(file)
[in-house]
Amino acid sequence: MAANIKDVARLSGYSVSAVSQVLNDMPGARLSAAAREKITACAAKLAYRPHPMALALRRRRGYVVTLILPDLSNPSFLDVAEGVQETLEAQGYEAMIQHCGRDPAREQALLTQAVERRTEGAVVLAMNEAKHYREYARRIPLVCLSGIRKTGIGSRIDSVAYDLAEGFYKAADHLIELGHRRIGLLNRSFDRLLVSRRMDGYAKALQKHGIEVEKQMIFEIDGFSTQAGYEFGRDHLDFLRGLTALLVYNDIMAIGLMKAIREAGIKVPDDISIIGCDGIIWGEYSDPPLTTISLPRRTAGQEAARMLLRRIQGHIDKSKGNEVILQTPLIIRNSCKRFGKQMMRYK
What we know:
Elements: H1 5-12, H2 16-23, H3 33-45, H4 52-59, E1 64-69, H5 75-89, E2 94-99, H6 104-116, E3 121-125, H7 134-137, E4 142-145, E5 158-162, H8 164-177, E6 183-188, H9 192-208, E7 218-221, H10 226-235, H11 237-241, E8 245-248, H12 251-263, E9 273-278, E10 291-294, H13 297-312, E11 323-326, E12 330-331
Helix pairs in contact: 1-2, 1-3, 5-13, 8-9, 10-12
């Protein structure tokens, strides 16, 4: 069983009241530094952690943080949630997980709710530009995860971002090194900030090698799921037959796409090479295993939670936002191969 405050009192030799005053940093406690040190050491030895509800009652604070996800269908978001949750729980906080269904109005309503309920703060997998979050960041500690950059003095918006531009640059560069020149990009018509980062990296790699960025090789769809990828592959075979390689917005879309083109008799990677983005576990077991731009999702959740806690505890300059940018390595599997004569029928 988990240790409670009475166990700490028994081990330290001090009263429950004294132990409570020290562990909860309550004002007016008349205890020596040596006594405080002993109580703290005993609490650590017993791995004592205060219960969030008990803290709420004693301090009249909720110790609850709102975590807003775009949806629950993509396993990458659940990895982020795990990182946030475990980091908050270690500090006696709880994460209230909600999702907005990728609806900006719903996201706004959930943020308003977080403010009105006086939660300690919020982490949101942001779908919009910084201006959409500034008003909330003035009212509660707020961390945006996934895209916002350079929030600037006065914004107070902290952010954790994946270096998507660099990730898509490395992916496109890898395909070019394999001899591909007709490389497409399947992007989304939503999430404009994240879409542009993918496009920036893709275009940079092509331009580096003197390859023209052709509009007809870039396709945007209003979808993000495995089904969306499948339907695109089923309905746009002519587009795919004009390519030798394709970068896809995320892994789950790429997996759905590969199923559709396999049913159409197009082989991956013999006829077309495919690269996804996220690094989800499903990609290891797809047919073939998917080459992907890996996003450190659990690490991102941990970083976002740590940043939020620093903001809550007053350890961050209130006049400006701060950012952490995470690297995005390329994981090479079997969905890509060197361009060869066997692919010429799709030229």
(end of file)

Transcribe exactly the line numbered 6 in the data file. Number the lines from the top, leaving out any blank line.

């Protein structure tokens, strides 16, 4: 069983009241530094952690943080949630997980709710530009995860971002090194900030090698799921037959796409090479295993939670936002191969 405050009192030799005053940093406690040190050491030895509800009652604070996800269908978001949750729980906080269904109005309503309920703060997998979050960041500690950059003095918006531009640059560069020149990009018509980062990296790699960025090789769809990828592959075979390689917005879309083109008799990677983005576990077991731009999702959740806690505890300059940018390595599997004569029928 988990240790409670009475166990700490028994081990330290001090009263429950004294132990409570020290562990909860309550004002007016008349205890020596040596006594405080002993109580703290005993609490650590017993791995004592205060219960969030008990803290709420004693301090009249909720110790609850709102975590807003775009949806629950993509396993990458659940990895982020795990990182946030475990980091908050270690500090006696709880994460209230909600999702907005990728609806900006719903996201706004959930943020308003977080403010009105006086939660300690919020982490949101942001779908919009910084201006959409500034008003909330003035009212509660707020961390945006996934895209916002350079929030600037006065914004107070902290952010954790994946270096998507660099990730898509490395992916496109890898395909070019394999001899591909007709490389497409399947992007989304939503999430404009994240879409542009993918496009920036893709275009940079092509331009580096003197390859023209052709509009007809870039396709945007209003979808993000495995089904969306499948339907695109089923309905746009002519587009795919004009390519030798394709970068896809995320892994789950790429997996759905590969199923559709396999049913159409197009082989991956013999006829077309495919690269996804996220690094989800499903990609290891797809047919073939998917080459992907890996996003450190659990690490991102941990970083976002740590940043939020620093903001809550007053350890961050209130006049400006701060950012952490995470690297995005390329994981090479079997969905890509060197361009060869066997692919010429799709030229």